So you want to give them visuals. You want to break down those numbers into big visuals that are very easy to understand. So that's where this next part-- that's what we're going to talk about comes into.
-We have all of our data. We have all of our results, OK? So we want to begin creating different charts or ways to visually present this, OK? So we're going to go ahead and skip forward. Once we've actually had all of our data input it into the specific spreadsheet, maybe I've had a Word document, and I've gone through and entered in all the data, all of the answers, into a spreadsheet, we want to go ahead and begin turning that into very usable charts, OK?
So we're going to flip over here on our screen to, let's say, we were doing a survey on brands of shoes that different people like, OK? So we have all of our data. We've put in the number of responses for the first question, what brand shoe do you like?
So eight people responded Nike. Five people responded Adidas. Two people responded Vans. Dan, I was a Vans guy.
DAN: You were a Vans guy?
-Yeah, I was probably the worst skateboarder and wore Vans. I wore Vans, OK? So you have to understand this. I'm 6'7".
-You're very tall.
-Terribly uncoordinated. Vans were just the only thing I could cling to for being part of the skateboard culture.
-Well, tall and uncoordinated on a skateboard, I mean, it would be very good entertainment for everybody else. Be very funny.
-Big tree fall hard.
-Big tree fall hard.
-OK. And so then we have four people for Puma and six people for Reebok. So I want to take this data and put it into a chart and really make it easy to understand very quickly.
So what we're going to do is we're actually going to highlight all of the data. We have it very nicely labeled up at the top, the brands of shoes, OK? And then the second column, the number of responses.
So we're going to take these brands of shoes, number of responses. I'm going to hold down the Shift button, OK, the Shift button, and click the top left and bottom right corner for the data that I want to turn into a chart. So it selects all of it.
Now, if I'm in Microsoft Excel, if I'm on Microsoft Excel for Mac-- currently we're on Google Sheets. That's where all those Google Forms will turn their data into. We're going to go up into Insert. And so once I click on Insert, I have a lot of different options. But what I'm going to do is I'm going to scroll down to Chart. So once you've and enter the information into the spreadsheet, I'm going to click Chart.
Now, because we live in a world with a lot of different charts, I got to find the one that best identifies and best represents the different data that I'm looking to present. So I'm just going to use a standard bar chart here. So I'm going to go ahead and select this and go down to Insert.
And bam! You immediately have a chart that represents all of the different responses that we've gotten for the types of brands of shoes. Now I can take this, I can copy this. I can take this to different parts of my presentation. But now I have a very usable graphical representation for this.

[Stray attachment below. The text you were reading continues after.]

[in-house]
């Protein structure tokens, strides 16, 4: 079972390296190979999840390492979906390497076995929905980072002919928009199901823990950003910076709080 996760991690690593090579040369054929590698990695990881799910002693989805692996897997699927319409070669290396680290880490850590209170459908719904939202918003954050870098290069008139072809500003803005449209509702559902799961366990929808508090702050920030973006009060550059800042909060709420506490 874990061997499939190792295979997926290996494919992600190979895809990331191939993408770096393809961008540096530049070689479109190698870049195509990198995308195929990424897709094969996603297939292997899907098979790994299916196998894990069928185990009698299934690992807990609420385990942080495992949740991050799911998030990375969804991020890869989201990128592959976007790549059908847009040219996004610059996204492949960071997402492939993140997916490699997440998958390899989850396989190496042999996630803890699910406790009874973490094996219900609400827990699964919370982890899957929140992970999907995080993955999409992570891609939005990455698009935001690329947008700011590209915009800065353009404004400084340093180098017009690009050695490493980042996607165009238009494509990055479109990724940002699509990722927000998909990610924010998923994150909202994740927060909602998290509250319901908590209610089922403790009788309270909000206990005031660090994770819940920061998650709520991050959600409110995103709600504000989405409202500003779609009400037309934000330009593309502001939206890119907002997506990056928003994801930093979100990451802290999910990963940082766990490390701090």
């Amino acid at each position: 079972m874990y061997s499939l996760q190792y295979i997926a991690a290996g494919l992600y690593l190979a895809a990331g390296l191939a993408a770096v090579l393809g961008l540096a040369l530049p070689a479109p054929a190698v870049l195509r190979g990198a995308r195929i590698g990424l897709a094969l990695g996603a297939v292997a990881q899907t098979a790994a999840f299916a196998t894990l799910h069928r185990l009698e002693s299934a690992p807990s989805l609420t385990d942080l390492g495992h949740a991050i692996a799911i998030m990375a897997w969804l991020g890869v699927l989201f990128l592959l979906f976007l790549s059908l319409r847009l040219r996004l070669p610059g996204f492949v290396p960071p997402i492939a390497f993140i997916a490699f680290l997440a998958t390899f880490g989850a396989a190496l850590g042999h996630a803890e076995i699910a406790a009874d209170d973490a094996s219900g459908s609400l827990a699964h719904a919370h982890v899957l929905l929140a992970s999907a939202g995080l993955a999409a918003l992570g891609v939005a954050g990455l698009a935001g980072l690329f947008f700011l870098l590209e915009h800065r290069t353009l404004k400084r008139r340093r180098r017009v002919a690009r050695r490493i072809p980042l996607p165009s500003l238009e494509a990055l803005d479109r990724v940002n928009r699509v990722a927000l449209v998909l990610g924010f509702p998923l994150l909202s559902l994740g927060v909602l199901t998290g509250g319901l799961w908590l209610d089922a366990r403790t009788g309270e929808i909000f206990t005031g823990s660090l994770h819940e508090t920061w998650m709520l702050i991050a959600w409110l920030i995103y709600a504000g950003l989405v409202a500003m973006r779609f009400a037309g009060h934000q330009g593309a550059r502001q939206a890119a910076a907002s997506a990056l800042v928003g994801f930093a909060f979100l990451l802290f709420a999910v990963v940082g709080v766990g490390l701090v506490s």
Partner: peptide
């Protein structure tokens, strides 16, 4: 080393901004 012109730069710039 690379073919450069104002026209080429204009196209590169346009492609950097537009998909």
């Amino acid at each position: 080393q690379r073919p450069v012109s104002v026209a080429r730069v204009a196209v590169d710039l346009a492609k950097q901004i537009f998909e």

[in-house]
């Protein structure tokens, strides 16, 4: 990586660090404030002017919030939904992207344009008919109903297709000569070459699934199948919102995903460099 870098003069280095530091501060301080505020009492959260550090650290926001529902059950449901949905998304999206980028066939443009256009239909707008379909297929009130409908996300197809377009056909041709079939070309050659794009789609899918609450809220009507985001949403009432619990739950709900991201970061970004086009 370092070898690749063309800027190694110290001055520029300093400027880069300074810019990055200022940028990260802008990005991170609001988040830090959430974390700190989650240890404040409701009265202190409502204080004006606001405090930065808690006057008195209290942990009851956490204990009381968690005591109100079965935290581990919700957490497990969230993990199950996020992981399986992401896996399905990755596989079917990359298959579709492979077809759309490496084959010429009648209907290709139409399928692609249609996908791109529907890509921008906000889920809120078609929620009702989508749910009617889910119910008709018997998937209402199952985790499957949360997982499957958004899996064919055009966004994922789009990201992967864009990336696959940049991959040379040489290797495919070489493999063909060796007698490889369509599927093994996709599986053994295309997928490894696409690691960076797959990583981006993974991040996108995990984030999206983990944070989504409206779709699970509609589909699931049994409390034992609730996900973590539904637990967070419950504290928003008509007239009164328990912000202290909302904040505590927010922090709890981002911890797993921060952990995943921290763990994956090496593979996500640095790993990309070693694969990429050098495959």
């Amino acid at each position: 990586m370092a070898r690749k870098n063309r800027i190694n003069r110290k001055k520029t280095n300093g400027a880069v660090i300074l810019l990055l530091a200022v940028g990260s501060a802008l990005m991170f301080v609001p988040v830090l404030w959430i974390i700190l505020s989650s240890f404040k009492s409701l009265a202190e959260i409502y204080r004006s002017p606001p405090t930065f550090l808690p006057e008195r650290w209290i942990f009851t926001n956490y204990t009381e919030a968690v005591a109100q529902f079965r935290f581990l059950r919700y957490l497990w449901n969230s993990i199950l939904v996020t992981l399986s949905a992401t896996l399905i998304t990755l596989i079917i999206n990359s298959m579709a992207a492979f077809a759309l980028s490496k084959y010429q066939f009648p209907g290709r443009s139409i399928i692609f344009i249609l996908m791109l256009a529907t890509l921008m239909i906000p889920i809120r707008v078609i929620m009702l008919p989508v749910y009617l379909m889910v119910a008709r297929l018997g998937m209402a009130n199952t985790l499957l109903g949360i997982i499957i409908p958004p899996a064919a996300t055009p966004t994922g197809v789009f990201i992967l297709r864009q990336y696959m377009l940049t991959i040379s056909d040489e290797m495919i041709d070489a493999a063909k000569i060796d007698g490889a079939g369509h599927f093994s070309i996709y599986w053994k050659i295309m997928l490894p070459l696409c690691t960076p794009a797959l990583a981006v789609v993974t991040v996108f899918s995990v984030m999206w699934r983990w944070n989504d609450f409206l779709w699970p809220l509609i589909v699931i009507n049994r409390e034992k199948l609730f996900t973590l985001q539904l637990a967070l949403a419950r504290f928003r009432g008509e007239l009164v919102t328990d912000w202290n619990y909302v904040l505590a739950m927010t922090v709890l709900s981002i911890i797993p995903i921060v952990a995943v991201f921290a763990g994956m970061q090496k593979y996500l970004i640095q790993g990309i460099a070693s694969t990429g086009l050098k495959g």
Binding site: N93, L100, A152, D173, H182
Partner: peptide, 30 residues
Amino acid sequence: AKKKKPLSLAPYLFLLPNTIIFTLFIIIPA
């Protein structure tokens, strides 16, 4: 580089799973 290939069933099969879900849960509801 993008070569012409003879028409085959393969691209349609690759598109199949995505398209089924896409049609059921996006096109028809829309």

-And doing that is what's going to break down those numbers into something that's really easy to read. You just very quickly made it easy to tell which came in higher. Of those shoe brands, which of your target market said, this is the shoe brand I like?
-So Thrivers, as you're going through this, you need to ask yourself, according to your survey results, who is your target market? Using all those demographic questions, identify who specifically is my target market.
Also from these surveys, you can go ahead and figure out what decisions can I make? So you need ask yourself, what decisions or actions will you take based on these surveys and results and why? That's going to be the crucial. That is like the nugget that we're taking away.
So go ahead and make sure that you download the downloadable after this episode here. And we're going to create a very easy worksheet for you to plug in these answers.
What's an example of some decisions that I could make based on these survey results?
-Well, I'm going to give you an ample example here. We're go back to the wallets, my wallet store, my wallet empire that I'm building while we're recording this. This is the part where you're-- I've already said it before-- but you're looking for the patterns, those patterns are what could help you make decisions and help you sell what you're doing to either partners or investors or customers.
So maybe you looked at your market research and maybe you said, OK, we're going to offer wallets in the leopard print or maybe in the camo print because these are the most popular pattern choices. Maybe the flamingo print didn't work out so well, but we can tell through this market research that the leopard print, that's where it's at. The leopard print wallet is what's going to sell.
Or maybe we're going to sell our wallets for $5 because of all the people we asked about, they said about $5 was the most that they're willing to pay. They think it's worth $5. Probably can't sell that designer wallet quite yet with my leopard print.
It's probably not a $100 wallet. Not yet. Not yet. Maybe when it gets a little bit better. But with this leopard print wallet, I can sell this beast for $5. And I could tell that from the patterns in that market research.